“A Nightmare On Elm Street Is Without A Doubt One Of The Best Films To Ever Enter The Horror-genre.”
“The Horror/slasher Movie Wes Creaven Brought Us All That Still Gives Us Nightmares To This Day”
“A Nightmare On Elm Street Did For Dreams What Jaws Did For Water.”
“Suspensful And Exciting! An Edge Of Your Seat Thriller”
“A Sweet Dream Or A Beautiful Nightmare All Hail Is This End Of JEH Career...? The First World Wide Exclusive Review Of The SCRIPT Of A Nightmare On Elm St (2010)”
“I Don't Know Who He Is, But He's Burned And He Wears A Weird Hat And A Red And Green Sweater, Really Dirty. And He Uses These Knives, Like Giant Fingernails...”
“This... Is God.”
“A Horror Classic ”
“Sweet Dreams, Dont Let The Freddy Bug Bite.”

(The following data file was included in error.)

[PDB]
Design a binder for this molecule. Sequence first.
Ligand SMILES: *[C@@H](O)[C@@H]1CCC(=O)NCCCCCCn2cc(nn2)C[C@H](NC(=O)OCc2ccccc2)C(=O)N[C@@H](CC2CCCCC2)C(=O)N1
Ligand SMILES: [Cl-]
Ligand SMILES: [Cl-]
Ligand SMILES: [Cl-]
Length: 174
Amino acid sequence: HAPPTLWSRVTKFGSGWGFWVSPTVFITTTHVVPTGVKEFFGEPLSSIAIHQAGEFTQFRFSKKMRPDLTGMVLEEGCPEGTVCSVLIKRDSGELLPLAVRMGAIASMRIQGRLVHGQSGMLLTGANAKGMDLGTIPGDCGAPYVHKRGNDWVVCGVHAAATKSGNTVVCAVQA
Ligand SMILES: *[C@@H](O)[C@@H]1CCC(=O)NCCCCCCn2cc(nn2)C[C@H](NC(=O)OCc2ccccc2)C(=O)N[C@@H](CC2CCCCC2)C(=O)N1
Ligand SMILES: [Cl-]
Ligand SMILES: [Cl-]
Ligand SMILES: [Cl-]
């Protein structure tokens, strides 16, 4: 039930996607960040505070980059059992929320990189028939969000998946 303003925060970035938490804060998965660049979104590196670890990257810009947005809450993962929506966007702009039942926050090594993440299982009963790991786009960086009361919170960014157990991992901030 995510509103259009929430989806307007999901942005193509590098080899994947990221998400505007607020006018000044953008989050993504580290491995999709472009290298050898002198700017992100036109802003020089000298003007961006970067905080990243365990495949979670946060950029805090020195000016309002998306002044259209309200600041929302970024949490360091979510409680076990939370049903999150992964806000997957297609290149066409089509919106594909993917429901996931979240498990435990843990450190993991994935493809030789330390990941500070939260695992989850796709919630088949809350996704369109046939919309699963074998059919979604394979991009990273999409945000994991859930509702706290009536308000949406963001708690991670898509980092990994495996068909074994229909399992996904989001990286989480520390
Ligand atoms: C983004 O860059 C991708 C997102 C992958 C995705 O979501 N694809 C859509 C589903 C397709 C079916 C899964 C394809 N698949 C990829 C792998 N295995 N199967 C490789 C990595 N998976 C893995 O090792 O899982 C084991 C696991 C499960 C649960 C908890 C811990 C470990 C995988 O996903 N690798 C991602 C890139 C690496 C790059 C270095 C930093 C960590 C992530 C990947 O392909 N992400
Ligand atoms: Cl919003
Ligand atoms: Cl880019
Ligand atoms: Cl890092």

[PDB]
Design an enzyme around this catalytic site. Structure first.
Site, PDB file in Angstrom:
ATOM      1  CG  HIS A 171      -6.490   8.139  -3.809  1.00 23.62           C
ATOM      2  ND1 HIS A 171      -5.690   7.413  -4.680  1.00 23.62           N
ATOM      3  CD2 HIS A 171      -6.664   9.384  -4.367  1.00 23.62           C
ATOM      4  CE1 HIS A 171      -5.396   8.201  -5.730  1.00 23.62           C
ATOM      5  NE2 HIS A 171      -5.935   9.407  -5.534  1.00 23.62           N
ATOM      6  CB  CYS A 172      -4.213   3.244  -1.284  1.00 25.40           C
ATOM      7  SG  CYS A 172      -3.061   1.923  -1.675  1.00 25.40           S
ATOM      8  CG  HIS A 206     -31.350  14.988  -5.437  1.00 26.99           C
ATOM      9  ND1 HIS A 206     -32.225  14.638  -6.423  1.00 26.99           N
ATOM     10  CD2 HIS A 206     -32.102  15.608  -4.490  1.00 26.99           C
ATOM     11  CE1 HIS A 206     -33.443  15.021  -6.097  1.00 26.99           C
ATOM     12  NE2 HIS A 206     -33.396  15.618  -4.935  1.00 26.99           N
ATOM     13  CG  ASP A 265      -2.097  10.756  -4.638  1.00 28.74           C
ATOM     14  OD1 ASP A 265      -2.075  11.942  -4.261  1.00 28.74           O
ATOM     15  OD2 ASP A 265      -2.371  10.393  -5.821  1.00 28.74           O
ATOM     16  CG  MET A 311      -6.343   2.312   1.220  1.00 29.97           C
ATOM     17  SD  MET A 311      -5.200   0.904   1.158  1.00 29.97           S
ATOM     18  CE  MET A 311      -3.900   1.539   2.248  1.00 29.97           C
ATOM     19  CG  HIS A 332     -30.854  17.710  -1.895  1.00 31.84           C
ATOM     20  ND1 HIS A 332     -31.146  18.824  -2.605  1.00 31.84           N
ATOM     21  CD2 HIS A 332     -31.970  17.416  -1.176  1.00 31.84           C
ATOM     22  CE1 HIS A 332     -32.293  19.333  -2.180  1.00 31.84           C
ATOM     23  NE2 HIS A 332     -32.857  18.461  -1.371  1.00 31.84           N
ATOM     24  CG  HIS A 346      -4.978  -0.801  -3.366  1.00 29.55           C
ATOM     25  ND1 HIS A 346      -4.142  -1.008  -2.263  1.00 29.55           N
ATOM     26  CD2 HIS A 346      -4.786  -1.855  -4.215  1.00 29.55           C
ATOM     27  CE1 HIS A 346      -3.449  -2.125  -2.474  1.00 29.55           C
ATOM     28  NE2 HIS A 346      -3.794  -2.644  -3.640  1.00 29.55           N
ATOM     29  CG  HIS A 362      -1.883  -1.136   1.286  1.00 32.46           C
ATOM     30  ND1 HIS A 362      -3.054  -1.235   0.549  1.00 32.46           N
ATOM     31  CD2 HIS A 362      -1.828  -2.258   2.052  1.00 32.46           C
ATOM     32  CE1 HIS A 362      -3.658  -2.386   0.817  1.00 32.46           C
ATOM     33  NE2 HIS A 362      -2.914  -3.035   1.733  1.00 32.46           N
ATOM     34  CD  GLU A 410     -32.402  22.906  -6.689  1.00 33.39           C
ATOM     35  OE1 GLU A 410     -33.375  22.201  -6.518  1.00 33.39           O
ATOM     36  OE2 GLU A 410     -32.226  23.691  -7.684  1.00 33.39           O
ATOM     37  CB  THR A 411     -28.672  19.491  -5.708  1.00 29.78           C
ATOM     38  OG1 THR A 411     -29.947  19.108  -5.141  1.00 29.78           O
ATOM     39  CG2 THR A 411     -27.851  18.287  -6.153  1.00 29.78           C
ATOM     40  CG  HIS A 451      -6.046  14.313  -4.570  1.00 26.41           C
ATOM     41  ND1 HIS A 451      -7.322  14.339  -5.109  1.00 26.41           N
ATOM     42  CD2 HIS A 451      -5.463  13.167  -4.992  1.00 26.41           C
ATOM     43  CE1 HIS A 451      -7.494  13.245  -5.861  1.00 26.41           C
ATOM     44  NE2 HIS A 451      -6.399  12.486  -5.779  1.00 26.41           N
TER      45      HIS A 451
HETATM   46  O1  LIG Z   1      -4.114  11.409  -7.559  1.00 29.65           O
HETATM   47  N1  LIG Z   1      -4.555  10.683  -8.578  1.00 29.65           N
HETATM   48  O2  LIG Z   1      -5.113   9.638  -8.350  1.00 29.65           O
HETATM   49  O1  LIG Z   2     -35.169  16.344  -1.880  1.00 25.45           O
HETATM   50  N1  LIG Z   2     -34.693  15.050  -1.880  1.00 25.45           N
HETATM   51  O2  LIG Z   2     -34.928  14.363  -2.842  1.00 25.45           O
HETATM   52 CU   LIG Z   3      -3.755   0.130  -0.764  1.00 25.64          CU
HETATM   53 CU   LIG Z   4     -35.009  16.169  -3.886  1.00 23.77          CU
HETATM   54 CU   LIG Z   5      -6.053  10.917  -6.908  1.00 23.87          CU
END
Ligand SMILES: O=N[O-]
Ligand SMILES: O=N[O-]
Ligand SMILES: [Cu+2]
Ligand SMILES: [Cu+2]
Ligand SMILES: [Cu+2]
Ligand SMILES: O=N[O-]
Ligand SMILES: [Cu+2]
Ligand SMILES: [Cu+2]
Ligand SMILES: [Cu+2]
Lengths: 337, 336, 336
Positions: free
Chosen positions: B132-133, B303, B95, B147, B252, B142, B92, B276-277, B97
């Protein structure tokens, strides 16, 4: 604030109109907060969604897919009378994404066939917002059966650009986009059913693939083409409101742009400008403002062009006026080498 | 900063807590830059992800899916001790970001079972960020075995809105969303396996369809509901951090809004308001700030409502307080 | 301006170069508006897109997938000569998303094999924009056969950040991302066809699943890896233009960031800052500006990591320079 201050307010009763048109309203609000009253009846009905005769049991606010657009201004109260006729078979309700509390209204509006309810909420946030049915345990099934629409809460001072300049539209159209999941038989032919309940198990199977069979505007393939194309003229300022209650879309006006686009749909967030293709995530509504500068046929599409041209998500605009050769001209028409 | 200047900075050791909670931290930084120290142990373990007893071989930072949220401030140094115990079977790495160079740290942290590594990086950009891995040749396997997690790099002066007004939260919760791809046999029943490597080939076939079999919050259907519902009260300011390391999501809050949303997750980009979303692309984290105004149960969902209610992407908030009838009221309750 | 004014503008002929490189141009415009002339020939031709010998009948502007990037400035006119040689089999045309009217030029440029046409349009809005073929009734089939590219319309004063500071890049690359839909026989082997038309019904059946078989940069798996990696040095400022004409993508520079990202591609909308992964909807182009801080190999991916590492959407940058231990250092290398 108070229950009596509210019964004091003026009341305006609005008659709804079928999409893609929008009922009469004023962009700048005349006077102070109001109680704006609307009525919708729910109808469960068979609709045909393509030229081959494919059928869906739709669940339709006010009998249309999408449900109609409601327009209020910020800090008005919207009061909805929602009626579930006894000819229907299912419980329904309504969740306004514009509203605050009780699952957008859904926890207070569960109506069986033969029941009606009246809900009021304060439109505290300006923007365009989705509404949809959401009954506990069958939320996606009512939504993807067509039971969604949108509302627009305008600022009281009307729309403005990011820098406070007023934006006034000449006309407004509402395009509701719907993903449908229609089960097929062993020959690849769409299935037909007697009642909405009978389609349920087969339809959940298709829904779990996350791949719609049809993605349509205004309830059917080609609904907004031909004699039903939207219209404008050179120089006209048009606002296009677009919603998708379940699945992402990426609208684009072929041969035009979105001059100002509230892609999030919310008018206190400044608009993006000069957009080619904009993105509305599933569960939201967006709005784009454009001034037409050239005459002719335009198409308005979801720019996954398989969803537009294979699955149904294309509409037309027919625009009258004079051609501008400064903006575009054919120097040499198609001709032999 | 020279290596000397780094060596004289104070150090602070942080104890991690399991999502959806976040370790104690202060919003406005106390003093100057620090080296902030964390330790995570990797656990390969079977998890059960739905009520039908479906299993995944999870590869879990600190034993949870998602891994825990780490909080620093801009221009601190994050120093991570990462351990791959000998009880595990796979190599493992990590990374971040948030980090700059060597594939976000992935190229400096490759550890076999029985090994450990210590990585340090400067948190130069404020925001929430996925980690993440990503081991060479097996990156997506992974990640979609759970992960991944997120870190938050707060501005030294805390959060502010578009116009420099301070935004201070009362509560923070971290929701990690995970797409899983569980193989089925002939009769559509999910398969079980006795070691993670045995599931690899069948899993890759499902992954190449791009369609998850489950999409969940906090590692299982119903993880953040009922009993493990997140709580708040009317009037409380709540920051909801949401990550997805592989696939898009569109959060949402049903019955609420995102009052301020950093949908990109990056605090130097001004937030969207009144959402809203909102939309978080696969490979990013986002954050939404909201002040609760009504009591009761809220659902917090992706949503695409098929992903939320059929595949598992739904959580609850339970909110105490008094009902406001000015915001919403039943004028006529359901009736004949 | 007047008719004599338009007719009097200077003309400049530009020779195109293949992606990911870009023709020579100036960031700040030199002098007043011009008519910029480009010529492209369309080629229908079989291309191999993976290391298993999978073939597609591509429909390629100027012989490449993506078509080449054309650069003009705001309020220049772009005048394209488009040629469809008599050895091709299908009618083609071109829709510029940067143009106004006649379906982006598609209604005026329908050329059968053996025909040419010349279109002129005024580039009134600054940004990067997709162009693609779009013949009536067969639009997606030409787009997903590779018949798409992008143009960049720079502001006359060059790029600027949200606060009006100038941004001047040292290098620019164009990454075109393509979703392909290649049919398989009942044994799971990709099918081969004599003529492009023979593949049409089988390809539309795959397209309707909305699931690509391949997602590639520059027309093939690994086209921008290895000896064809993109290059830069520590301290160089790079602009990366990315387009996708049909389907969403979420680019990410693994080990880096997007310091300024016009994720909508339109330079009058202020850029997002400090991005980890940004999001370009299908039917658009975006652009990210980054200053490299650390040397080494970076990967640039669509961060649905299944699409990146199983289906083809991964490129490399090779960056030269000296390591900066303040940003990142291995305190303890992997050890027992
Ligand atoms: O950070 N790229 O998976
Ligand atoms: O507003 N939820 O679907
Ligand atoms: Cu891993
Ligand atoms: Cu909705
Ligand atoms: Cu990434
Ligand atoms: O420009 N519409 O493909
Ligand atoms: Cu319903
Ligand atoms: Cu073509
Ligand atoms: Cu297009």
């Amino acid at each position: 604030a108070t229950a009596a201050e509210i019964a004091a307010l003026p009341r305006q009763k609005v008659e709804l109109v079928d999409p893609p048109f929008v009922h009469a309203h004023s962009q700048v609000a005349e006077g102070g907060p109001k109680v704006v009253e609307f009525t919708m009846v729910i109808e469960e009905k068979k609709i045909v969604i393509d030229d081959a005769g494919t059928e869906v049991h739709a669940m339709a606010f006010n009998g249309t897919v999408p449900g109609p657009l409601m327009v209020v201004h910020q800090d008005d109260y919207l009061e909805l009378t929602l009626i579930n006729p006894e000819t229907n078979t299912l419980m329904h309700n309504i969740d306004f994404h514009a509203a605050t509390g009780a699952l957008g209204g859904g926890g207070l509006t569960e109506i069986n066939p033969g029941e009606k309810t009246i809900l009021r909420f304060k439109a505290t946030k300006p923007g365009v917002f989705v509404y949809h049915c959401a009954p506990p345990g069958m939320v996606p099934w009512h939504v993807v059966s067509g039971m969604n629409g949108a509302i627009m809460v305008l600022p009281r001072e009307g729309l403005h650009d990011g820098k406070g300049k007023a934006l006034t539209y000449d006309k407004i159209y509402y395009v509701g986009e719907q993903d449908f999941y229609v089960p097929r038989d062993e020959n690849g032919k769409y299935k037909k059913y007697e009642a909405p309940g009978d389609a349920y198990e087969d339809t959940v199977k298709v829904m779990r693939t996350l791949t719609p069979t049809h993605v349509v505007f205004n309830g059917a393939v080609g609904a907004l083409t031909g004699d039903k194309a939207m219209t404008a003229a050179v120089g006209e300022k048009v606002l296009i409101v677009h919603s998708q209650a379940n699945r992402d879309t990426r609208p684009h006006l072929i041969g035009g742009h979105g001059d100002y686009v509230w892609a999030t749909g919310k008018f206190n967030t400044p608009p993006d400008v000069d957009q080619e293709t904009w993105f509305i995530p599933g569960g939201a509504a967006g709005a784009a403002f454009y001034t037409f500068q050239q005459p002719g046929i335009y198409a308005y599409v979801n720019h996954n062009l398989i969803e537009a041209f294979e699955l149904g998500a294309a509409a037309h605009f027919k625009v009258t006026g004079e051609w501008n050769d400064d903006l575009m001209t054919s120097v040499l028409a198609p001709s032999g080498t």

“Horror Movies At Its Best!!!”
“" Best Movie With Freddy"”
“I Grew Up Watching This It Is Great”
“What's Tolerable About Nightmares Is That In Reality The Dreamer Has Full Control, But What If That Control Is Taken Away And Given To A Sadistic Supernatural Serial Killer Hell-bent On Revenge?”
A Nightmare on Elm Street... puts more emphasis on bizarre special effects, which aren't at all bad.
Vincent Canby - New York Times
Craven vitalizes the nightmare sequences with assorted surrealist novelties.
J. R. Jones - Chicago Reader
A highly imaginative horror film that provides the requisite shocks to keep fans of the genre happy.
Variety Staff - Variety
Still stands on its own as an intriguing and chilling example of how horror works best when the characters and the audience don't have to be lobotomized.